What a post-holiday treat it was to get back on some of my favorite cycling and running trails. I did so as part of the team of organizers for the annual River, Roots, and Ruts Half-Marathon, marking the many miles of unpaved trails of Caloosahatchee Regional Park that are used for the race, which was held earlier this month. After a lengthy stretch of being unable to do any serious trail running or mountain biking due to a nagging injury I had as much fun as I’ve had in a long time. And it only added to the experience that the race went off without any problems, which was the main goal of organizers. Before I go on, let me explain my absence from one of my favorite activities.
Due to a persistent foot and ankle problem I’ve only been able to gingerly cycle CRP’s single track trails over the past few years but not really enjoy myself, since I was afraid of doing more damage were I to crash, something that’s quite easy to do out there. Running those challenging mountain bike trails was, of course, out of the question; I knew from experience that doing so would mean weeks of no running at all and would even hamper routine walking and cycling. This caused me to get on the trails by bike only to mark the race course, with my primary concern being to complete the task without making things worse. However, for reasons unknown to me, sometime around the end of the year the pain unexpectedly subsided to the point I was able to spend a significant amount of time biking, hiking and running CRP’s outstanding trail system over the four days I was out there. As one who finds trail running immensely enjoyable, this “recovery” was an unexpected holiday gift.
Being back on the trails reminded me just how much different it is from road and sidepath running or cycling. Surrounding oneself in nature rather than traffic has a therapeutic effect, at least for me, no matter how difficult the conditions might be. Like the runners who participate in RRR, I relish the challenge of the winding, trip-hazard strewn course, which, for many, includes at least one fall. It surprised me, however, to see some folks wearing headphones and ear buds instead of enjoying their surroundings. Not to mention it means being unable to hear when another runner is trying to pass on the narrow single-track trails or when race organizers are trying to communicate directions or other important information. Fortunately, unlike road races, in which the majority of participants break the rules and wear them, I noticed only a few using them at RRR.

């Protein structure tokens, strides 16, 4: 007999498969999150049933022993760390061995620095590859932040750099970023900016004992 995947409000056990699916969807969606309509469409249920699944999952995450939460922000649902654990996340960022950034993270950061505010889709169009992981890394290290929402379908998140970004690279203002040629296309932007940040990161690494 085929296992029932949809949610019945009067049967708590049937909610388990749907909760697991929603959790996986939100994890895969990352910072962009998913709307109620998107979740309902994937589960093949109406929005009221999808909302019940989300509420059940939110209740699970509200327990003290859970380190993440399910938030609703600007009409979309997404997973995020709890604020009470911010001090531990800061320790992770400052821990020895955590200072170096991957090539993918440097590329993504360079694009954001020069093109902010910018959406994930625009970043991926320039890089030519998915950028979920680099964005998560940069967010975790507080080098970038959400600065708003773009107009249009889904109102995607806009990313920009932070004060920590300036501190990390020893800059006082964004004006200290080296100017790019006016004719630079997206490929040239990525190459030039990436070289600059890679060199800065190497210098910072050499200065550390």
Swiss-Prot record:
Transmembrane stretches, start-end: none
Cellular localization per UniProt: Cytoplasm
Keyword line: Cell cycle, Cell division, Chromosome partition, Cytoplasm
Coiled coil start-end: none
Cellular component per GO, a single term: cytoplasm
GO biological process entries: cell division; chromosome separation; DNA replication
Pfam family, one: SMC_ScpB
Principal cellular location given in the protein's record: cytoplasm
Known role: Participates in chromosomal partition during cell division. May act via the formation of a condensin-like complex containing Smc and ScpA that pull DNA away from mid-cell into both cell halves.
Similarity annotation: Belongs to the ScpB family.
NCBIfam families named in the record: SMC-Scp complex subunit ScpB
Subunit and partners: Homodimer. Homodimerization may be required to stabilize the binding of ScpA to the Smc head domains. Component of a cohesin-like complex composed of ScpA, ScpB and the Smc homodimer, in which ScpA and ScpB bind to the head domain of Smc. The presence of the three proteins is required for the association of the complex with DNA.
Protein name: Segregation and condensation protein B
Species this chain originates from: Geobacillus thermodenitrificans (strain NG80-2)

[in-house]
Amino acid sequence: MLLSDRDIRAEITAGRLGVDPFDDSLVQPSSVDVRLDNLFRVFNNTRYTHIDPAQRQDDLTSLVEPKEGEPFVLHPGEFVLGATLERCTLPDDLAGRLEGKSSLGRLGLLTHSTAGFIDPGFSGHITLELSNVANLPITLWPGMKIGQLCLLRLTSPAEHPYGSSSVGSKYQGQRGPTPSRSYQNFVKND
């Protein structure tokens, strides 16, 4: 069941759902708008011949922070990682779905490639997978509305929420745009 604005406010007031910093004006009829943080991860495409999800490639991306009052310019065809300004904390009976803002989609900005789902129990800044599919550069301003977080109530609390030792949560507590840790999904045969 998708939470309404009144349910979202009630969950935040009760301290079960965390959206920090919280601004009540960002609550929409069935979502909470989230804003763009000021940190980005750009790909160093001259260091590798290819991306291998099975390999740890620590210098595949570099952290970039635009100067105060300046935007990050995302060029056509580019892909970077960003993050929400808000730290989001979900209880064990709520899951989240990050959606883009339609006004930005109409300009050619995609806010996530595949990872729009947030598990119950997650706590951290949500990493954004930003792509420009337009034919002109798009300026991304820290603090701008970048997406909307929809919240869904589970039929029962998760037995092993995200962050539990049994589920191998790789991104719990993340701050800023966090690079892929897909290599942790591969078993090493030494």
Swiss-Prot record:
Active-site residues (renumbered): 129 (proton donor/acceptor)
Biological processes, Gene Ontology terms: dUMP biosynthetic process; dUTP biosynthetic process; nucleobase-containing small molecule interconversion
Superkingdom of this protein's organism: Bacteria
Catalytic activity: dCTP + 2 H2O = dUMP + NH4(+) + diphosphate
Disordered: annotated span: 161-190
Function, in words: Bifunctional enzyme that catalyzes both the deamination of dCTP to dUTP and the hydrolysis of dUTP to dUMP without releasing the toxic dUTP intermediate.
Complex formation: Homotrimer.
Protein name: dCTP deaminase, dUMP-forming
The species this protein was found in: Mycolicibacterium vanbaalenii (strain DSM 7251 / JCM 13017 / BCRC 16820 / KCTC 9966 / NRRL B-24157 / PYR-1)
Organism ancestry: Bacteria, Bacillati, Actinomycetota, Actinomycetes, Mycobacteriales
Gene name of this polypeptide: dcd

Although there are plenty of hazards that are intentionally part of the route, trail conditions on both sides of the park were excellent, thanks to the ongoing hard work of park staff and dedicated volunteers from Mudcutters off-road bike club. The riverside has pristine hiking trails and dirt service roads, and the north side has a combination of single track bike trails, wide equestrian trails and unpaved service roads. All were used, but it was primarily the hiking and biking trails that made up the bulk of the half-marathon course. Not only does CRP staff keep all aspects of the park in outstanding condition, they’ve been instrumental in making this race a success for 12 years and were especially enthusiastic hosts this year. The whole team is to be commended for the work they do all year long in making Caloosahatchee Regional Park a true gem for Lee County’s residents and visitors.
This is the ideal time of year to get out to CRP, whether it be to camp in its tent-only campground, hike or run the foot trails on the riverside, or bike, hike or run the 12-plus miles of single-track trails on the north side. A note of caution for those who do venture out to the north side: the mix of bike and pedestrian traffic on the winding, narrow trails means all users need to be ready to deal with each other at a moment’s notice, with runners and hikers understanding that the trails were built for and by mountain bikers. Equestrian traffic is also present, with a number of horse trails crossing bike trails (cyclists and pedestrians must always yield to equestrians). On the river side, bikes and horses are not allowed on the trails so that’s where you want to be to avoid any potential conflicts while enjoying the beautiful park.
No-pressure cycling group
The Southwest Florida Biking Meetup Group is meant to be a way to find cycling companions for those who may feel intimidated or otherwise turned off by traditional cycling club rides. The idea is for individual members to suggest outings with a system of communication and reservations being part of the service. It’s free to members, although there is an ongoing cost to keep the Meetup group going, something I took on when the original organizers were about to close it down a few years ago. Unfortunately, although there are 143 members, there have been few outings suggested other than those I put forth. That being the case, I plan to keep it going until at least May, when the next management fee is due, but will consider allowing it to go by the wayside if activity doesn’t pick up by that time. If you’re interested, check out meetup.com/Biking-SWFL.
Until next time, I’ll look for you on the roads and pathways.
— Dan Moser is a long- time bicycle/ pedestrian advocate and traffic safety professional who cycles, runs and walks regularly for transportation, recreation and fitness. Contact him email@example.com 334- 6417.